- E-bikes, like bicycles, are not permitted to use footpaths or motorways.
New classification of e-bikes capable of speeds above 25km/hr
- E-bikes with a power output over 250W or where the motor does not cut out at 25km/hr or continues to operate without pedalling will now be classified as an e-moped. They will be classed as mechanically propelled vehicles (MPVs), as for mopeds or motorcycles. This change brings Ireland in line with EU law.
- E-mopeds will have to be registered, taxed and insured to be used on Irish roads and their drivers will need an AM category of licence.
- The new rules for e-mopeds will come into effect once the administrative arrangements for registration, driver testing, driver licensing and taxation are in place, which is expected to be in Q1 2024.
- Owners of e-mopeds, or anyone considering buying an e-moped, will not need to make any changes yet and can continue to legally use their e-moped like a pedal cycle or e-bike until then.
Antisocial use of scramblers
- The offence of dangerous driving, currently an offence only in a "public place", will become an offence on all terrain. This will make it possible to prosecute for dangerous driving wherever it takes place.
- There will be a new Garda power to seize and dispose of vehicles used dangerously, whether at the scene of an offence or at the location where the vehicle is kept.
- This will allow Garda to seize a vehicle that is being misused without risking the safety of bystanders or the rider themselves.
- There will be a new ministerial power to specify in regulations that certain types of vehicles, for example scramblers or quad bikes, are banned from certain areas. This will allow the flexibility needed to deal with this problem on an evolving basis.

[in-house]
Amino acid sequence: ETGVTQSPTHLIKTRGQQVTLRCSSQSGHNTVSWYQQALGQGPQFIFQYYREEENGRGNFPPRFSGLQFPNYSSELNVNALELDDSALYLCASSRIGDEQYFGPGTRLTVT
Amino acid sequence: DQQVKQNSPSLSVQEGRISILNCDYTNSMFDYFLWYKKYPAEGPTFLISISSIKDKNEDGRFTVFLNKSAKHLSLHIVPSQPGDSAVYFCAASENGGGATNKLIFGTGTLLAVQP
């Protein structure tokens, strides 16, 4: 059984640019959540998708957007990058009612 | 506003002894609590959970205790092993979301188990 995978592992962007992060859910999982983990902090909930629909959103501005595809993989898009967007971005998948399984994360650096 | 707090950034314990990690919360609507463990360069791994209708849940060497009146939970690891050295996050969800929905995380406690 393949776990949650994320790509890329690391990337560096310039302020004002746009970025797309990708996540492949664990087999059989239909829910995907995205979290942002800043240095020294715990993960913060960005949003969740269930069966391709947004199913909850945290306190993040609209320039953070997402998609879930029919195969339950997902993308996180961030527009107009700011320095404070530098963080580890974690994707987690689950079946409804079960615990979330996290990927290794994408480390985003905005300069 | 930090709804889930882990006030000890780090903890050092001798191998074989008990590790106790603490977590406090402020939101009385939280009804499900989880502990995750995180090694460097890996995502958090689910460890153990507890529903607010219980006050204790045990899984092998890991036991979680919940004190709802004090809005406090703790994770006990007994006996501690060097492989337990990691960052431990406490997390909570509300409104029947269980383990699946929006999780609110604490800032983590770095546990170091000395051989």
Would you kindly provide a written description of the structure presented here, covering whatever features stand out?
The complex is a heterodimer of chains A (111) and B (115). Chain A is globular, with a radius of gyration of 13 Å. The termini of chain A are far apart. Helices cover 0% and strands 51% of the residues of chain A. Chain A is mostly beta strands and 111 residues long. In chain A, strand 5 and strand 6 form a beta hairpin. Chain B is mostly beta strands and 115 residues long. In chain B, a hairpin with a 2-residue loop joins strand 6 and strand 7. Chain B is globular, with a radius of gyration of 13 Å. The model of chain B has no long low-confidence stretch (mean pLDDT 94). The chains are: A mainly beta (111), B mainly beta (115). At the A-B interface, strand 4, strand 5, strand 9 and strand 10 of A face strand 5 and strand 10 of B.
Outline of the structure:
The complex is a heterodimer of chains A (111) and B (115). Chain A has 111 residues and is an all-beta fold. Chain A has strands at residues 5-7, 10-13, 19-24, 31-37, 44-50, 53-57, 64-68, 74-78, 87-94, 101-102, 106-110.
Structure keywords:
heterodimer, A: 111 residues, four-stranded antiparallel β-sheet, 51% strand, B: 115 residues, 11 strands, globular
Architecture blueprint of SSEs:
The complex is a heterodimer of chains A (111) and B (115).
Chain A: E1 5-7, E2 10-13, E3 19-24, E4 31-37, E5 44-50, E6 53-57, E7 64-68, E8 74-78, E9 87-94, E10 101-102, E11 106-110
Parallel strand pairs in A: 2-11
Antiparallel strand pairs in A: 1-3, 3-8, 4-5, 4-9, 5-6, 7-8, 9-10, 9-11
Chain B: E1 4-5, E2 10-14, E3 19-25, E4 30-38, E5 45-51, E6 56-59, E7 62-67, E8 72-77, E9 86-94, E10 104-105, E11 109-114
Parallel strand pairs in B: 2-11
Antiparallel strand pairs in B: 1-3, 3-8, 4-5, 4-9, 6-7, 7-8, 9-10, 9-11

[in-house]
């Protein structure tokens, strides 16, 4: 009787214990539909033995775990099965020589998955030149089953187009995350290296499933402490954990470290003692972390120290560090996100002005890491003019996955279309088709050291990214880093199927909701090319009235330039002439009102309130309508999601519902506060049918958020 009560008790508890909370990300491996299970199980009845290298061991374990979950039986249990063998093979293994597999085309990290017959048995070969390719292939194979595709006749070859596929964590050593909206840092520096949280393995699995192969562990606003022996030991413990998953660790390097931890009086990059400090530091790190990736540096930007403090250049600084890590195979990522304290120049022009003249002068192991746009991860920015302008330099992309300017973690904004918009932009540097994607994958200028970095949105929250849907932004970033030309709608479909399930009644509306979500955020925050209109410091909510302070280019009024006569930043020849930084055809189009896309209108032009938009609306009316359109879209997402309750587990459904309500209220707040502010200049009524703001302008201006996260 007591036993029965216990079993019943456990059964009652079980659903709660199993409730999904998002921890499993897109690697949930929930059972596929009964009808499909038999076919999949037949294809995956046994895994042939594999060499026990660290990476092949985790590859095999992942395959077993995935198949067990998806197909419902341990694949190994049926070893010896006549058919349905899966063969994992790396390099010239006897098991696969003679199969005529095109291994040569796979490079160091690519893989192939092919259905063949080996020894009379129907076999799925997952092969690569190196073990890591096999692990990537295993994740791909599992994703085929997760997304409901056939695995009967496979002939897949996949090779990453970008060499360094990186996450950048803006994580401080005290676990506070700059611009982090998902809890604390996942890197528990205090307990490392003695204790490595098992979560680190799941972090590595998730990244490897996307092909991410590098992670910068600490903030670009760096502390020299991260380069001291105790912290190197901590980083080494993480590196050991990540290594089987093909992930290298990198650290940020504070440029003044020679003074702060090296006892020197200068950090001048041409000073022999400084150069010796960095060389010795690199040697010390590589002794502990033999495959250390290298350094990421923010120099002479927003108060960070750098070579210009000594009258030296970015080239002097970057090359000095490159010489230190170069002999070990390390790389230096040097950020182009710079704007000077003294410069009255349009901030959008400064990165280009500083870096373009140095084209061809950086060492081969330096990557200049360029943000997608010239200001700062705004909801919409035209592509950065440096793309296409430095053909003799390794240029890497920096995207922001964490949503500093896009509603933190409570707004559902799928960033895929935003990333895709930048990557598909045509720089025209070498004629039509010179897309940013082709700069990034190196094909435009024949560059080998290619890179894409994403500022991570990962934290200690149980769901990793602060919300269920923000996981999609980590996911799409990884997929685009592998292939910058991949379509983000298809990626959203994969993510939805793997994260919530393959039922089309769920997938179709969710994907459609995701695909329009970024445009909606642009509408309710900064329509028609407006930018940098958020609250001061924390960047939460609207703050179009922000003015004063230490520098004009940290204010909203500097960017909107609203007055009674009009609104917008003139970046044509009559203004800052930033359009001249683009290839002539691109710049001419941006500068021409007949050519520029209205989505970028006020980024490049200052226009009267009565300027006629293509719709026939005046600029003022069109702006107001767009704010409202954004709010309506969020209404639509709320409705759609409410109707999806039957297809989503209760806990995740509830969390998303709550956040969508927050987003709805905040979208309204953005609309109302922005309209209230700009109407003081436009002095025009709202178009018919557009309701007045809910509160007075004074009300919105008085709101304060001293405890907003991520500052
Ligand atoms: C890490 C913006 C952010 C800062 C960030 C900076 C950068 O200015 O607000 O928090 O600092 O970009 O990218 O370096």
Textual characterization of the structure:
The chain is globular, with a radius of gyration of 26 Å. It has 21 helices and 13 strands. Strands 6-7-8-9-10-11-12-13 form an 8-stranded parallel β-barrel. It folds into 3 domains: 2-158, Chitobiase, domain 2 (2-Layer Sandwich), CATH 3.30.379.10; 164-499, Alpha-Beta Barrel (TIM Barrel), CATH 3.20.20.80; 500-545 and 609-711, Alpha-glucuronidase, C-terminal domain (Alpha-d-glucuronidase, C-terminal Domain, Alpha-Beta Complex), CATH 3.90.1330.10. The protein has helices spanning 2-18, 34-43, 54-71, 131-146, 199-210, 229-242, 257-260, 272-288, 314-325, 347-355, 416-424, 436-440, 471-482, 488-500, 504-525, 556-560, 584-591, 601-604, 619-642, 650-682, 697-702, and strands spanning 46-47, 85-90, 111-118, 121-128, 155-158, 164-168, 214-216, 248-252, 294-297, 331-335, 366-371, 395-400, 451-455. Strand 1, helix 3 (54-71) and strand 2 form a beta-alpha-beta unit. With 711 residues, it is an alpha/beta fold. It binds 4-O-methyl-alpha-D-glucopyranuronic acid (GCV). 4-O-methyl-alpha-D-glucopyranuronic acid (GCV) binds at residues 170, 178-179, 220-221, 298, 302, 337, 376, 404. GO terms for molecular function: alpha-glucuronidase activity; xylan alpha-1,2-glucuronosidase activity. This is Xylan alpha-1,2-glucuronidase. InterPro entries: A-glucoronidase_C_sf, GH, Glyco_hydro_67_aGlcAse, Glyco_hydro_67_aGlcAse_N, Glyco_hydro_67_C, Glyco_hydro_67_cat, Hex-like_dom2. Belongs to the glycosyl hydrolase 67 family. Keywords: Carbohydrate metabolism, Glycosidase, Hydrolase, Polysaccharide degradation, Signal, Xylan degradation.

- The act provides for the introduction of variable speed limits on specific national roads in Ireland and specifically the M50 in the first instance.
- Variable speed limits are electronically signed speed limits that will be able to change as required depending on conditions or other safety concerns.
- Variable speed limits currently displayed on the M50 are advisory limits.
- Following the commencement of the Act, variable speed limits will be enforceable.
Use of cameras by TII and local authorities
- The act will provide for a framework to allow for regulated use of CCTV cameras and other data-gathering devices by local authorities and TII on the public road network.
- These uses will be to support areas including road safety, traffic management monitoring, weather station cameras, toll plazas cameras.
- Future legislation (regulations) can be commenced to allow the use of CCTV for the enforcement of traffic management and road safety.
- The act will provide for the regulation of data sharing in a prescribed manner ensuring data protection safeguards.
The act will support the planning application for the core bus corridors.
- The act clarifies the works that can be carried out by a road authority with regard to the maintenance and construction of public roads.
- The BusConnects provisions in the act will allow An Bord Pleanála, in certain limited circumstances, to approve a scheme or road development which contravenes materially a development plan or local development plan.
- A clear legislative power will be given to the NTA for land acquisition for mitigation purposes due to the impact of any public transport infrastructure.
- These provisions for BusConnects are deemed essential to strengthen the NTA's ability to deliver this vital transport project.